The Pleasure Garden (1925)
***

Review:
The Pleasure Garden is the first film that Alfred Hitchcock directed to completion. It's a nice look into the earliest directorial thoughts and techniques of the master. Even in this earliest film, we can see signs of what would become some of his signature trademarks. I enjoyed some of the point of view shots early in the film with the blurred view of the man looking through his monocle as well as the gentleman looking through the binoculars at the show girls legs. There is also a spiral staircase in the opening of this movie. Not that it was used like the staircase in Vertigo, but it made me smile thinking of how important that would be in his later film. The story deals with the idea of infidelity. Jill (Carmelita Geraghty) is an aspiring dancer who gets engaged to Hugh (John Stuart) who has to leave for work overseas. Patsy (Virginia Valli), who has helped Jill get her start, starts to worry about Jill keeping her promise to wait for Hugh. Jill's career is taking off and she begins to fool around with other guys. Patsy marries Levett (Miles Mander), Hugh's friend who also goes overseas to work with Hugh. Unlike Jill, Patsy remains true to her husband, thinking only of being with him. She receives a letter that her husband has taken ill and scrapes up the money to go be with her husband in his time of need. When she arrives, she finds that he has taken to drinking and island women. That's when the trouble ensues. I enjoyed Hitch's first film. It's a little slow starting, but picks up pace as it goes along. I liked seeing Cuddles, the dog, thrown in for a little comic relief to contrast the seriousness of the film, which of course is another of Hitchcock's trademarks. There was also a nice, subtle score by Lee Erwin, that fits the film well.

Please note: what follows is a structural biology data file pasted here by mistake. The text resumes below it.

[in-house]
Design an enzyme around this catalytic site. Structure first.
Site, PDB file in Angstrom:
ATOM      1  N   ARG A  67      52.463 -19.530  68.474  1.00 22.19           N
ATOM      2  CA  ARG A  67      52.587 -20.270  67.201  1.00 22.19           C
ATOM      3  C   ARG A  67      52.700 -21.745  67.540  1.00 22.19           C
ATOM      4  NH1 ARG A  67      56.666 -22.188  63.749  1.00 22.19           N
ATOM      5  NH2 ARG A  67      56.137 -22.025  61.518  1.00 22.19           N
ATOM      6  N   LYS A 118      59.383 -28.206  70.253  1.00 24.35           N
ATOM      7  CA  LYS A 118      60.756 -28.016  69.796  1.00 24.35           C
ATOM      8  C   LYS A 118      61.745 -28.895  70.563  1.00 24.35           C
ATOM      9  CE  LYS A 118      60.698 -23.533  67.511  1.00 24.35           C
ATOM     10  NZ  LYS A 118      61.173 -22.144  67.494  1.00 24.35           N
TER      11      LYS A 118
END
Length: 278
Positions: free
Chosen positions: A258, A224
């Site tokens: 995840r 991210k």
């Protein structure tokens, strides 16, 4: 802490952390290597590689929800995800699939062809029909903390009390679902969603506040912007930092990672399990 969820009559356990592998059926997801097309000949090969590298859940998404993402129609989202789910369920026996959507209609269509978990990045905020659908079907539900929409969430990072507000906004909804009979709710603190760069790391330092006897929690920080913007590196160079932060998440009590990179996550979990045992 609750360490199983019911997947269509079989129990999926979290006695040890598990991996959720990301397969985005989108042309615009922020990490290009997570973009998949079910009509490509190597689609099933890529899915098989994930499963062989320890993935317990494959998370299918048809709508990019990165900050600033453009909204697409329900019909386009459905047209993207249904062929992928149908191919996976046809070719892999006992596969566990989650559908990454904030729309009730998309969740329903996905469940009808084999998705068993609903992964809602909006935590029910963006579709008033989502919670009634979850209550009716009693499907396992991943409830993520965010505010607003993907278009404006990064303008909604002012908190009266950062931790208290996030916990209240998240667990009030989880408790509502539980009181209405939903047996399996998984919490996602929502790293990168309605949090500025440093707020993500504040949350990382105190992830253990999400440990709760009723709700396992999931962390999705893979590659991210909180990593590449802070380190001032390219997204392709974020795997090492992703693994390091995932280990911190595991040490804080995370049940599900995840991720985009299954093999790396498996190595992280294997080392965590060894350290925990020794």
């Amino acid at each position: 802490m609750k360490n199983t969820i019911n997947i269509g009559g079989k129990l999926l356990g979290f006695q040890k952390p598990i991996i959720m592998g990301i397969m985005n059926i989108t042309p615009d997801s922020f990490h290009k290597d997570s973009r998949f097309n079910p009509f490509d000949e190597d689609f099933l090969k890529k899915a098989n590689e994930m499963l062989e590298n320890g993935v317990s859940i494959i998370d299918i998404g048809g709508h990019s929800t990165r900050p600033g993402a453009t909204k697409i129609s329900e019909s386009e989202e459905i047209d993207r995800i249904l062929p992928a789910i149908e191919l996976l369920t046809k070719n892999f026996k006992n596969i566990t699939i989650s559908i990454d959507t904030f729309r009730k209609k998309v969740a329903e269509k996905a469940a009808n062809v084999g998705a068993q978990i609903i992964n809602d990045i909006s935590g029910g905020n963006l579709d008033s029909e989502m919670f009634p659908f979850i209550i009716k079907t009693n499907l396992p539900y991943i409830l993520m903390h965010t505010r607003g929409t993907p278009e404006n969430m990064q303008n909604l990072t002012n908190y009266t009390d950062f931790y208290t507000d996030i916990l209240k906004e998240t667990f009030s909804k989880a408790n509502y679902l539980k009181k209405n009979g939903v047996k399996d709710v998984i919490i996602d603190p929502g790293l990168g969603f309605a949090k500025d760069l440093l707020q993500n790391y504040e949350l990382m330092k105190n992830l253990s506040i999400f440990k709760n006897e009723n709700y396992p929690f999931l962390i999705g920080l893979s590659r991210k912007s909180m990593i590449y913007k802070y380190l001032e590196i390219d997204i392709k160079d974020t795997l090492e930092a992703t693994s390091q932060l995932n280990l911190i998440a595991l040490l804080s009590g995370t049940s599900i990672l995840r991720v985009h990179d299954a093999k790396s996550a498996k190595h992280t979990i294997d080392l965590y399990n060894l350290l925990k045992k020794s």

Format Notes:
I was fortunate to get my hands on a VHS copy of this film that was taped off Bravo. IMDB lists the running time at 75 minutes. My version is only 61 minutes, though it does have opening credits and The End. So if IMDB is correct, either something was cut out or it was run at a faster speed.

Still Photographs:
Movie / Production (9)

Rank:
#1 in 1925, #35 Hitchcock Film


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